The Chinese cymbal company, Stagg, first surprised us back in 2001. We always thought of 'proper' cymbals being of Turkish origin, most often via the USA and Europe. But the Chinese have worked with B20 bronze bell/cymbal alloy for 2,000 years! So once the Chinese started to assert their now familiar manufacturing prowess, Staggs could only go on getting better.
Stagg is still seen by many as a budget line, but don't be fooled by the price. Stagg continues to improve and progress, gradually adapting to the western market. So we arrive at these latest offerings, the Sensa series, which was introduced in June '14, the first complete new series since 2005.
Sensas are attractive-looking cymbals with a distinctively classic, up-market image. Each cymbal is completely etched - top and bottom, bell-and-all - with extremely fine lathing. Into this are struck innumerable newly developed tiny pin-point hammerings, all over again but this time excepting the bell. The whole cymbal is then polished to a brilliant finish.
We were sent most of the current offering, including an 18" China Sizzle which has a flattened bell and flanged rim with eight paper clip rivets.
Stagg has six cymbal series in its B20 Pro Custom ranges. These extend from the jazzy VB and dark CS on one side through to the bright Furia and 'explosive' Myra on the rocky side. In between there is the dry BM and now the Sensa. This puts the Sensa just marginally on the bright and sweet rather than the dark side of the continuum.
Having taken a few of them out on several gigs we would go along with that assessment.
They are grown-up cymbals for situations where you want to be musical in the not-too-loud or brash, warm but still sparkling sense. If you are playing any style of soft to medium-loud music these cymbals should tinkle your bells.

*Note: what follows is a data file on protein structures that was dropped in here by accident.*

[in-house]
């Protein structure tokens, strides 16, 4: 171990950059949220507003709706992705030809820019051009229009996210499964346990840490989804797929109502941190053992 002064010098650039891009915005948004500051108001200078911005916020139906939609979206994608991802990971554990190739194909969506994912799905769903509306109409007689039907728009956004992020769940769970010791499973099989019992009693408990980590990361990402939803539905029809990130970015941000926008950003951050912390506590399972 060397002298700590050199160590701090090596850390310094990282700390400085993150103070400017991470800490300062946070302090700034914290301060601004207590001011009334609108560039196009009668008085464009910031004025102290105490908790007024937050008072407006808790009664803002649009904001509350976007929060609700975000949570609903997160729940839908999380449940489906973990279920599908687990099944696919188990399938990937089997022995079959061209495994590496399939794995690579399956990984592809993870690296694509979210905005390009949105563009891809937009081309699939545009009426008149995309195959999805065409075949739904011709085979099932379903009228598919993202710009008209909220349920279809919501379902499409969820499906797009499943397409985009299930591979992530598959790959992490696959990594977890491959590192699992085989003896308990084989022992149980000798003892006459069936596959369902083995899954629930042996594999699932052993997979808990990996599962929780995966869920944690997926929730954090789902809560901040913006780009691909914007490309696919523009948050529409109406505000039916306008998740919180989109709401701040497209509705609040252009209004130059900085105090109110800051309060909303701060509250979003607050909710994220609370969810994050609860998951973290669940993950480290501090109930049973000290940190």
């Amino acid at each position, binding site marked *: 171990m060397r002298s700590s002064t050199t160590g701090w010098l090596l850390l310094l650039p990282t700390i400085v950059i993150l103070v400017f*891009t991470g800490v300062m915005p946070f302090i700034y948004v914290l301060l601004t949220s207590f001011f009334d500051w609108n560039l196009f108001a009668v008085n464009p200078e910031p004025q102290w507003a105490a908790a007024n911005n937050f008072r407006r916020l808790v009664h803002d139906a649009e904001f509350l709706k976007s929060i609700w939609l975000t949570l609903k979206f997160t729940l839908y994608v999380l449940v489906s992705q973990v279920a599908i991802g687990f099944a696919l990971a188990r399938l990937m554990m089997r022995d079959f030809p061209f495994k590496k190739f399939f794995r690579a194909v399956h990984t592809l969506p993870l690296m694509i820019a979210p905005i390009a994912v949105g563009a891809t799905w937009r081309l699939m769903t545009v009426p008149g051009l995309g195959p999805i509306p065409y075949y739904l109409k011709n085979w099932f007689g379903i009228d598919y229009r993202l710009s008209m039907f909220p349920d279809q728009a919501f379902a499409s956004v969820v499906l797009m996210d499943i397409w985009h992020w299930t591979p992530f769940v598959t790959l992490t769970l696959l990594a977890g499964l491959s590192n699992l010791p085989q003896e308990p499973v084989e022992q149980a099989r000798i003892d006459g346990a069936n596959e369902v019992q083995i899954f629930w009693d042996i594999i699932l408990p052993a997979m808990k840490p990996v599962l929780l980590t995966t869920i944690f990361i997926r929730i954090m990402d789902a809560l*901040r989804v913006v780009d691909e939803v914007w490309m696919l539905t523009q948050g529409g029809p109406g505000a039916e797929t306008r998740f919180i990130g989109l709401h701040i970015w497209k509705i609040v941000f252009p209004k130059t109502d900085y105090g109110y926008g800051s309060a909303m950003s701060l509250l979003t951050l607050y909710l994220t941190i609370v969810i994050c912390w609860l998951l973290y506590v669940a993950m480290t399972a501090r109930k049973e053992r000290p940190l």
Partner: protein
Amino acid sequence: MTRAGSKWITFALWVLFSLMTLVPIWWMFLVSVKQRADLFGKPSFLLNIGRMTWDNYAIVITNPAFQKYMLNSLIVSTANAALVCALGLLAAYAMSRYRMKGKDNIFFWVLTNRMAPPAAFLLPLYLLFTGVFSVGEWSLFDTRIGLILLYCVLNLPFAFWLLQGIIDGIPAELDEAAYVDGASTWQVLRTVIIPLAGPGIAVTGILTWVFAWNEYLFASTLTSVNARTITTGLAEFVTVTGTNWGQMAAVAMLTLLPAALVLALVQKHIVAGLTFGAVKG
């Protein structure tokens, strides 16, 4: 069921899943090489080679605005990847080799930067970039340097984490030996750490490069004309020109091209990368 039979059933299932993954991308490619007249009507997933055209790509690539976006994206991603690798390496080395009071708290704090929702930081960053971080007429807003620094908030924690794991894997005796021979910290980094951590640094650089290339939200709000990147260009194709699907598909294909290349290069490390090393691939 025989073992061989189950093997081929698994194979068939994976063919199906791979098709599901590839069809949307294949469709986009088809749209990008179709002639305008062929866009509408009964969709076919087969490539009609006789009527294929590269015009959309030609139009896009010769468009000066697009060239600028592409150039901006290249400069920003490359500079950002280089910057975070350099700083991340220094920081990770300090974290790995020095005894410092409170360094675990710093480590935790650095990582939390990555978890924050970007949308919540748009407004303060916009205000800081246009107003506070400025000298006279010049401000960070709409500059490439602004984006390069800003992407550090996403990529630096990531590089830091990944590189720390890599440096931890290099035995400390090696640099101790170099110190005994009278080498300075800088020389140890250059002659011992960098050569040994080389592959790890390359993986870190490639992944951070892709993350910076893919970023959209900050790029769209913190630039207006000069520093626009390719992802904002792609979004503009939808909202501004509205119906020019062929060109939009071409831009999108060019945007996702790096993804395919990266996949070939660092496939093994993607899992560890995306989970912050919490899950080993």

They do not project as well as the best, most expensive cymbals, and when the band starts to wind up and get properly loud the ride and hats lack some of the presence, cut and power of more HM-oriented, or simply more expensive, cymbals. But the tone is uniformly agreeable. You won't offend anyone with these.
Starting with the three splashes, we found the 8" a bit clangy, like those small old-fashioned boarding house dinner gongs; the 10" is 'tissiest' and sweetest, while the 12" borders on a crash with a bit more tonal ding under the 'tiss'.
Moving up to the 14" crash this feels more dense and rounded, while the 16" crash is again satisfyingly crisp, thinner-sounding and fast.
Our two favourites were the the 18" Crash-Ride and the 18" China Sizzle. We've found myself in acoustic situations recently where a 20" ride is too much and an 18" has more subtlety, easier to control.
This Crash-Ride is just the ticket. It has the right balance, the crash is full but doesn't over-sustain and the ride is sticky with a pingy bell. The latter doesn't jar but is nonetheless distinct.
The 18" China Sizzle with its eight rivets provides a suitably colourful 'pahsssh', a quite soft, white noise tone, more electro-effect than a full-on china-type hard smash. The initial crash is quite short and the rivets too light to sustain long. So the overall impact is of a tight punctuation with a crunchy after-glow. I found it different and colourful in a grungy sort of way.
Similar to the 18" Crash-Ride but deeper and more powerful, the 20" Medium ride is a decent and versatile all-rounder. It's not that powerful though and will struggle if the band is too loud, but in most moderate situations provides a sweet tone with a touch of sparkle.
What characterises the two pairs of hi-hats, 13" and 14", is again a sweet but clean tone. The closed sound and pedalled chip are both fairly soft and smooth, but open them up a little and you are rewarded with a good sizzle and cutting 'shooop'.
Overall then, Sensa is a subtle series, sufficiently colourful and crisp to be versatile in all but the loudest situations where you'd need the more strident edge of Stagg's Furia or Myra series.